Tales of the Congaree

By Edward C. L. Adams; Robert G. O'Meally | Go to book overview

Foreword

These sketches are typical of the negroes of lower Richland County and the great swamps of the Congaree. This section is in the heart of South Carolina and within a few miles of the capital city, Columbia. It is remarkable that so definite a survival of the negro of Africa as modified by white relationships should be maintained in such purity in the very midst of so exclusive a white culture.

These stories show the influence of slavery, the dread of the overseer--escapes and capture--things that have lived and will always live in the memory of the negro. These memories, combined with superstitions brought from Africa and terror created by the canebrakes and jungles of the Congaree, with its lakes, streams, guts, mysterious shadows, and yellow waters, with its old fields and dikes, relics of slave days, all make up what may be called the psychology of the negro of these sketches.

The dialect is of course English shot through and influenced by the traditions and sentiments of the African slaves. Very few genuine words are distinguishable, but there is a marked influence of the African sense of melody and rhythm. This gives to every word, even if otherwise good English, a peculiar dialectal sound and significance.

It needs to be remembered that this particular dialect, while pure nigger, is neither the dialect of the coast nor of the northern part of the Black Border, but is absolutely distinct, and is the product of the soil, race, and environment. In other words, it is English as adapted to the needs and knowledge of these primitive peoples. Sometimes a word that is pronounced correctly has several dialect meanings, and several sounds of the same word may be found in a single sentence. There is no rule.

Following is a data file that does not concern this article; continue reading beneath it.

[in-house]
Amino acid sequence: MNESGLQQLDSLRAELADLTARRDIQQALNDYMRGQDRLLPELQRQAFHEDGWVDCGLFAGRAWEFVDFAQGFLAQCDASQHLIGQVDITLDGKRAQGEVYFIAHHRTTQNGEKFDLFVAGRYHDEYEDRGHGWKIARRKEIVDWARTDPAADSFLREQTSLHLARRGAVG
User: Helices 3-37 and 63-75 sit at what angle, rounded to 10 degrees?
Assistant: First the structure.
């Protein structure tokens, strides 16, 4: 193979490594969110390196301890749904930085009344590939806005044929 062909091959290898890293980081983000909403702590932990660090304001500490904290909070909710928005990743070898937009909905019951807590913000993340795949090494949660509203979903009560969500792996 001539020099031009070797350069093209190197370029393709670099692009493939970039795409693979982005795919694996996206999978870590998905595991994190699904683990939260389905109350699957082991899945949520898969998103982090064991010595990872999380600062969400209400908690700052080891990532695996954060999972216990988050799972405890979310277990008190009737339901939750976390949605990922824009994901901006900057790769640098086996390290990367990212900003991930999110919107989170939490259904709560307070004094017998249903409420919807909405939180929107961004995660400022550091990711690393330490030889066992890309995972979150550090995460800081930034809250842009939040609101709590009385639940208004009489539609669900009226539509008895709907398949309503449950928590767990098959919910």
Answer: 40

Some of the poems are fragments of sermons in which the preacher or prayer-leader has worked himself into a chant and in which he swings and sways, and members of the congregation repeat words or lines that impress them.

-109-

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Tales of the Congaree
Table of contents

Table of contents

  • Title Page iii
  • Contents vii
  • Acknowledgments ix
  • Introduction Masks of Edward C. L. Adams xi
  • Notes lxv
  • Congaree Sketches 1
  • Contents 3
  • The Big Swamps of the Congaree 5
  • The Hopkins Nigger 6
  • Jonas 8
  • A Freshet on the Congaree 9
  • Hell Fire 11
  • The Rattlesnake 14
  • Sunning on the Golden Stairs 15
  • Judge Foolbird 16
  • Old Sister 17
  • Old Sister's Friends 20
  • Old Sister in Heaven 23
  • Old Sister in Hell 26
  • The Settin' Up 29
  • The Little Old Man on the Gray Mule 30
  • The Lake of the Dead 32
  • Aunt Dinah's Cat 34
  • Murder Vs. Liquor 35
  • Old Dictodemus 37
  • Fragment of a Negro Sermon 42
  • His Day is Done 45
  • Ole Man Rogan 48
  • Big Charleston 50
  • The Yellow Crane 53
  • White Folks is White Folks 56
  • Wild Goose Nest 58
  • Transmigration 60
  • Belton's Spirit 62
  • The Animal Court 63
  • Ole Man Tooga's Chile (a Tale of the Chain Gang) 65
  • Fine My Chile 68
  • The Falling Star 70
  • Jay-Birds 71
  • Jack-Ma-Lantern 72
  • Ole Man Rouse 74
  • If You Want to Find Jesus 76
  • The Ghosts of Elm Savannah 78
  • The Crow 79
  • Primus 80
  • Jumping-Gut 81
  • Cazenova 83
  • Spirit Dogs and Barking Snakes 84
  • Death Owl 85
  • De Law Got Simon 86
  • A Fool Nigger 88
  • The Two Ducks 89
  • The Mule and the Ox 90
  • That Quart Kept on Beckoning Me 91
  • Don't 'sturb a Houn' 93
  • Don't You Play Wid Married Wimmens 94
  • Tad's Advice to His Son 95
  • Old Sister's Advice to Her Daughter 97
  • Jesus Had Trouble All Over the World 99
  • Nigger to Nigger 103
  • Contents 105
  • Foreword 109
  • The Swamps 111
  • Nigger to Nigger 131
  • White Folks 179
  • Ghosts and Angels 219
  • Bur Rabbit 233
  • Preachers 257
  • Slavery Time 275
  • Funerals 287
  • Glossary 303
  • Appendixes 313
  • Act I 329
  • Act II 357
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